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REVIEW: Spotswood Large ATX Tech/Bench/Mining Tray

post #1 of 3
Thread Starter 
Hi everyone,

I'm going to do a review of the Spotswood Tech/Mining bench I won during the September '13 Foldathon.
If you want to check out the assembly page you can see some better pictures of it, otherwise refer to mine.

Here are the specs according to the website.
  • 8.5 x 23.5 x 13-inches (H x W x D), fits ATX size motherboards with room to spare
  • Heavy duty aluminum construction
  • Room to suspend 6 gpu's above the motherboard with riser cables
  • Open air design
  • Expandable and stackable design
  • Ability to add 2 power supplies onto 1 tray
  • Vibration dampening feet

Unpacking
I received the tray packed flat (disassembled), and packaged very well.

Lots of packing peanuts greeted me.

I was then pleasantly surprised that each part was packaged in its own bag. Tools, nuts, screws and misc parts were all in separate marked baggies, and put together in a larger bag to keep them altogether during shipment.



Included with the tray itself were:
  • 2 new in package Allen wrenches
  • Baggie of end caps
  • Baggie of GPU post screws
  • Baggie of standoffs and standoff screws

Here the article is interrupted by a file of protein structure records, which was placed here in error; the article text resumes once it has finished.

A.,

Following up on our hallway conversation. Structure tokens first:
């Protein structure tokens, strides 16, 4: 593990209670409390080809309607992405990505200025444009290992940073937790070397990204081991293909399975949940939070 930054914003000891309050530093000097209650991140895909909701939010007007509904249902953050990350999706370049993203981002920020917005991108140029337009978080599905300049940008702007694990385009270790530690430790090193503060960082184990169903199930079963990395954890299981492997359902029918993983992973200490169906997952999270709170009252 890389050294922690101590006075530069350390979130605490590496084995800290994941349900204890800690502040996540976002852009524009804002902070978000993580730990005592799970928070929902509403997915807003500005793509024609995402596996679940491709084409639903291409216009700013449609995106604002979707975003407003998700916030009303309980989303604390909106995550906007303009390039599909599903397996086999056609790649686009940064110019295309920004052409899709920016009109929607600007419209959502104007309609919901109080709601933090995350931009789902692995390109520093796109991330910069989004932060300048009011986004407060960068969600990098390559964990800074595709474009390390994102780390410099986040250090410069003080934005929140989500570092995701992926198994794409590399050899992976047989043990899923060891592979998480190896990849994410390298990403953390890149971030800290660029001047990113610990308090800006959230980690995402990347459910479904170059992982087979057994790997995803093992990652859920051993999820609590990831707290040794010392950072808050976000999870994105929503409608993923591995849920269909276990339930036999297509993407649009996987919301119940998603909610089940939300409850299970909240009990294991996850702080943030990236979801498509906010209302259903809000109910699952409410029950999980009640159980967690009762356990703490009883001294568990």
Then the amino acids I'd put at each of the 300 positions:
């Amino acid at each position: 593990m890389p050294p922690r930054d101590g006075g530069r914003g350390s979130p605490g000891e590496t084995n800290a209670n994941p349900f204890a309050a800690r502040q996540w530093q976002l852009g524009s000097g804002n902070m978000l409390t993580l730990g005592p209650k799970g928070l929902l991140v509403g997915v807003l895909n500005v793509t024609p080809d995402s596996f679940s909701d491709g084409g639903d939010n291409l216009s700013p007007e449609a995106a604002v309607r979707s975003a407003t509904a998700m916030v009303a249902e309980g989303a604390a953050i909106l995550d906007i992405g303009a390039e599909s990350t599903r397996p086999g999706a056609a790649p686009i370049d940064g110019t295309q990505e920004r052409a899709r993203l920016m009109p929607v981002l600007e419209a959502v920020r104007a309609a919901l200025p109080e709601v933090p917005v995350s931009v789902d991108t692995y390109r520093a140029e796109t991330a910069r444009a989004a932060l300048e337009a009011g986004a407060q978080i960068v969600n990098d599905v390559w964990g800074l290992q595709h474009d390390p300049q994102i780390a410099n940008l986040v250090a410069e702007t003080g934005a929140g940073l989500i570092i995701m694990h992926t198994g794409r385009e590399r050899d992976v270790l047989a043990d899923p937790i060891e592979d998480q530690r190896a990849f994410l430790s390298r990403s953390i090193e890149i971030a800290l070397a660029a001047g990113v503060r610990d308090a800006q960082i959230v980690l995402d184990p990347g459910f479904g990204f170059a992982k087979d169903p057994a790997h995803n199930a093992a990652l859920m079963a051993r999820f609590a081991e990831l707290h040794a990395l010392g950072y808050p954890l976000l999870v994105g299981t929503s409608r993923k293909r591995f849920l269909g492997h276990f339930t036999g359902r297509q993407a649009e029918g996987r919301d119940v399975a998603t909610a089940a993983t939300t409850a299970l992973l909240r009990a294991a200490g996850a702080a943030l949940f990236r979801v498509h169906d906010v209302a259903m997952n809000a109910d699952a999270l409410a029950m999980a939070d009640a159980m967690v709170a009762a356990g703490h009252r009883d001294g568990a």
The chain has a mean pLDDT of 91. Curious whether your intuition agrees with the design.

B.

• Baggie of feet and screws
  • Baggie of PSU screws and rubber bumpers

Each baggie contained the appropriate amount of pieces needed (or extra) for assembly. I did end up with a few extra screws and nuts, and rubber spacers, that would be necessary for adding 2nd PSU to the tray, and probably a few extras just for spares. That was a good thought to include extra small pieces.

Materials
These aluminum posts are very tough and the nuts, bolts and other small pieces all seemed to be of good quality to match. The tray itself comes as one piece. The posts are glued to the tray which I believe is steel. All holes seemed to be precision drilled, including the holes through all posts, and the standoff holes as well all lined up perfectly.

Assembly
Assembly was easy and very slick, the instructions are well done (see here.)


My tray came painted with a black plastic bedliner type of of covering. I'm not sure if others will come this way or not, but it has an appealing look to it.

Does it work?
Yes!
I am very impressed with the layout of this mining tray. The clamping mechanism, which consists of 2 posts and a layer of soft rubber between is very secure. It will hold your gpu's no problem.

You can also adjust the height of the clamps and the support beam as needed. I am referring to the 2nd shorter bar across the middle as the support beam. The support beam can be positioned where you need it, by either moving the posts closer or nearer the gpu clamp and also by moving the support beam up or down, depending on how you want your cards to sit.


The power supply rests on top of rubber bumpers, and are then clamped down by 2 posts, also using rubber bumpers. So there will be no vibration noise. The hard drive is meant to sit open air and also rests on 4 rubber bumpers.


My customized Setup
In my case I didn't even use the support beam (as intended) and instead inserted my cards directly into the motherboard, and used the clamp lower. Works perfectly.